It involves a complex process comprising 3-pairs of embryogenic veins: posterior cardinal (iliac and confluent), subcardinal (renal and hepatic) and supracardinal
The post-hepatic IVC develops between the sixth and eighth weeks of embryonic life as a composite structure formed from the continuous appearance and regression of three paired embryonic veins, the posterior cardinal, the subcardinal, and the supracardinal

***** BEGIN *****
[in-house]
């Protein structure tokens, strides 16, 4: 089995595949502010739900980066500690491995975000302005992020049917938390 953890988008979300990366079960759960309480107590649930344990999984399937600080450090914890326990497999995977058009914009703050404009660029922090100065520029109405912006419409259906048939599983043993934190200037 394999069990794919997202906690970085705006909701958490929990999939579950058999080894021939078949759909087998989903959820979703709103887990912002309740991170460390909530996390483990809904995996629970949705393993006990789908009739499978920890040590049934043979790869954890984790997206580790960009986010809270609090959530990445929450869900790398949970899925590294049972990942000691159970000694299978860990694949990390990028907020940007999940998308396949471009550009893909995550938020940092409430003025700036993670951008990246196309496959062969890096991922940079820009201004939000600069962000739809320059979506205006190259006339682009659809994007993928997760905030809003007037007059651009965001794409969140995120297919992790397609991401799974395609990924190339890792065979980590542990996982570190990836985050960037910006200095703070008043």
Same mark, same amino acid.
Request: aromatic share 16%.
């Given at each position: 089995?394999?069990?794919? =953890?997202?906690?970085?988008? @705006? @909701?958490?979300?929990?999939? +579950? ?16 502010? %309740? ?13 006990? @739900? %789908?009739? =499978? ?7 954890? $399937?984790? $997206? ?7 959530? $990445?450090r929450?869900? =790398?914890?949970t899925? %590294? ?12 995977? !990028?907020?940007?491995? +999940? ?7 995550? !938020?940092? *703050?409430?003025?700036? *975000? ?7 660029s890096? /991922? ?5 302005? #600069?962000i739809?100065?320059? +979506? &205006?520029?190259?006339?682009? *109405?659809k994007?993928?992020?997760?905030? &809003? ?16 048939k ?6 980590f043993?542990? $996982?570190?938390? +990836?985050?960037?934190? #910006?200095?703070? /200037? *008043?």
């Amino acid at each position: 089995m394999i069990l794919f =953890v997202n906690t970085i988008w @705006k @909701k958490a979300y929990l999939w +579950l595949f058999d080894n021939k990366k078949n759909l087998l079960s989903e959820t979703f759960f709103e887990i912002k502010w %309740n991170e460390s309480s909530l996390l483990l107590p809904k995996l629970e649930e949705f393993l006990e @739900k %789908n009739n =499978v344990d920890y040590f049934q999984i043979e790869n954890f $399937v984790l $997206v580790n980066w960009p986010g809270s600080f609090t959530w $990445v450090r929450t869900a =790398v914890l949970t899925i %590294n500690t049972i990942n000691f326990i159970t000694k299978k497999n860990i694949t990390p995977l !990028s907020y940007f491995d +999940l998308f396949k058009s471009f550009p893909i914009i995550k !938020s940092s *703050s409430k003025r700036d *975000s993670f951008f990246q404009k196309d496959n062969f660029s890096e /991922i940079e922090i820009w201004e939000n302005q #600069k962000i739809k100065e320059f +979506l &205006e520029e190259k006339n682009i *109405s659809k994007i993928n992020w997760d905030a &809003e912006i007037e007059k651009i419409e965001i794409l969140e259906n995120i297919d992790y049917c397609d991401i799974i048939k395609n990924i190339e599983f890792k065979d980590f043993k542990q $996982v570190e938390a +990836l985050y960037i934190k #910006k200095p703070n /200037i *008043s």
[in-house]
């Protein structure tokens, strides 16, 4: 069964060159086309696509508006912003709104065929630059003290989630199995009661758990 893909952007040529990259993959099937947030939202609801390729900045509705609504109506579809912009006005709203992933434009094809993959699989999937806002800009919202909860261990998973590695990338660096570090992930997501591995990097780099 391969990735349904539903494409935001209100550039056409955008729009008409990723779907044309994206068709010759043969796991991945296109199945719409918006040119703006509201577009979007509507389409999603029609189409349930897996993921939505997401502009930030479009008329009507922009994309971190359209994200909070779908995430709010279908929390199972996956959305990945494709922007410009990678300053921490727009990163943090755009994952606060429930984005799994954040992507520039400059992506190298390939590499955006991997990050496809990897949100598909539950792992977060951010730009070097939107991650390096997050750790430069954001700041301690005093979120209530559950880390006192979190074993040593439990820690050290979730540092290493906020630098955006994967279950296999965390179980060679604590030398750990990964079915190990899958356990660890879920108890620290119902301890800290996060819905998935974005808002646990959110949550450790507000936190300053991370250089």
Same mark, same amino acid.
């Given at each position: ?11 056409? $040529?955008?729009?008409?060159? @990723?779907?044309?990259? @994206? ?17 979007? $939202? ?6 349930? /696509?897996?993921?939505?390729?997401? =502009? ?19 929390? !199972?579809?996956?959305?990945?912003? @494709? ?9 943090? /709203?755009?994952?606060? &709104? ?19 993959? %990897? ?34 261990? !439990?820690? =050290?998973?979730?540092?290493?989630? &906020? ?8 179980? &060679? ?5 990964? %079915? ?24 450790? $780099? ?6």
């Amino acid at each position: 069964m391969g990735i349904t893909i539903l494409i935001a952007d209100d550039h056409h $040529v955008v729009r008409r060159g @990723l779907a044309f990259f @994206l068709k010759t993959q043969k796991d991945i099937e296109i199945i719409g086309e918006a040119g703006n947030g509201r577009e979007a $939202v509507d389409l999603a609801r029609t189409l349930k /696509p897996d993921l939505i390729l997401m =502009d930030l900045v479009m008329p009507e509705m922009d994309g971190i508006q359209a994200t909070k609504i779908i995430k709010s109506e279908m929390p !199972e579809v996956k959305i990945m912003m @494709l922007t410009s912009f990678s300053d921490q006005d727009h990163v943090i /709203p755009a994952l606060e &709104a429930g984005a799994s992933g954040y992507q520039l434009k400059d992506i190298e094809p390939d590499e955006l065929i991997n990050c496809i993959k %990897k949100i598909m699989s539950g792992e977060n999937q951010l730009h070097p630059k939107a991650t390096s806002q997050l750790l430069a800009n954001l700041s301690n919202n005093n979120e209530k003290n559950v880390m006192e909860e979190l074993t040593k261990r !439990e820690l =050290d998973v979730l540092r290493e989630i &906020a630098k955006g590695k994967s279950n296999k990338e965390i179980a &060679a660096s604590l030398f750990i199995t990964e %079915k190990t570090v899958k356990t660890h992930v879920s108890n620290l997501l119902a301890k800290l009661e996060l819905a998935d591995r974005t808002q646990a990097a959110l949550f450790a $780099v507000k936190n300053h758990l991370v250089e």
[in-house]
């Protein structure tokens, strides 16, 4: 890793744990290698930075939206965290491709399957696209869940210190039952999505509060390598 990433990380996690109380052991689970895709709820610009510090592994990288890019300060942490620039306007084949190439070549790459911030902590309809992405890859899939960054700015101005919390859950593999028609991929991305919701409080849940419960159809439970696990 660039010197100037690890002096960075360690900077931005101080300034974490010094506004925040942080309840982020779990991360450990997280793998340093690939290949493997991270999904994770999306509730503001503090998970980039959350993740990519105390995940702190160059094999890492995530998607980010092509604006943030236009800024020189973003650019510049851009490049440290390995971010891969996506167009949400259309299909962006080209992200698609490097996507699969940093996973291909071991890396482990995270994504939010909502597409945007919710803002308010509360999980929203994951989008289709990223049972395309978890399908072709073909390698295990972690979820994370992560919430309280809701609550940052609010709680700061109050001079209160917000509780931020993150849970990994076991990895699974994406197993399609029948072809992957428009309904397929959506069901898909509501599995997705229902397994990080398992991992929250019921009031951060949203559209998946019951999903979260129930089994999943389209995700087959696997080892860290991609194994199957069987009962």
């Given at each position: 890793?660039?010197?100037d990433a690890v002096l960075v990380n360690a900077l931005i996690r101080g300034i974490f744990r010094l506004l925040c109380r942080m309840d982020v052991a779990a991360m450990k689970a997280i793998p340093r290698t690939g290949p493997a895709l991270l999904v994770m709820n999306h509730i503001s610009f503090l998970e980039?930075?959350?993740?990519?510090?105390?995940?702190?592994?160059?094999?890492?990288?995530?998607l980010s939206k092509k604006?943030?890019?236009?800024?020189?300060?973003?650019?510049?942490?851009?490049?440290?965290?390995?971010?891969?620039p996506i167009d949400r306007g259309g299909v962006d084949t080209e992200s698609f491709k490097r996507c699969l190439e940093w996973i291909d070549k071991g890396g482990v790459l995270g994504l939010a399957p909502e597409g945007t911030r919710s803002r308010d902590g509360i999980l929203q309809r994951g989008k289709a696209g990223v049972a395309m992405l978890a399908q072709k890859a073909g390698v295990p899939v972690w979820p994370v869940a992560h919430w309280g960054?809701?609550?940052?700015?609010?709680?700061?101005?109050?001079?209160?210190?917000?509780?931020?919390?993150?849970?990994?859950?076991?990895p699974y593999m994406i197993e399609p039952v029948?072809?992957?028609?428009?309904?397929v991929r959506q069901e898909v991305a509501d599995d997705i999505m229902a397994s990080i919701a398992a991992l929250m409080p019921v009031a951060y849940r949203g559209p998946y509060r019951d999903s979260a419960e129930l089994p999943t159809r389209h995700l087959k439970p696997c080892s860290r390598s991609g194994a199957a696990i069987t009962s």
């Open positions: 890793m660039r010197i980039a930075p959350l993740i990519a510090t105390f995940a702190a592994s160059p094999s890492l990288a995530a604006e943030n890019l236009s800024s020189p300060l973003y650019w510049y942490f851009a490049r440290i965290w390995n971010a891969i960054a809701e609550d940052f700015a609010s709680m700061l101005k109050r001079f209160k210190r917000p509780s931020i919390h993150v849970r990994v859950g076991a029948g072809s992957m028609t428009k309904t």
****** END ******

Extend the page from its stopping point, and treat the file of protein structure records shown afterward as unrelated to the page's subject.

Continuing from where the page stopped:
1) Failure of the left caudal supracardinal
vein to regress results in persistent communication between the left common iliac vein and the left renal vein.
Left sided IVC develops as a result of the persistence of the left supracardinal
vein, and prevalence of this anomaly is estimated to be 0.
During early embryogenesis, the posterior supracardinal
and more anterior subcardinal veins are formed.
Duplication of the IVC is a rare anomaly of the infrarenal segment (due to persistence of the supracardinal
veins), with an incidence of 0.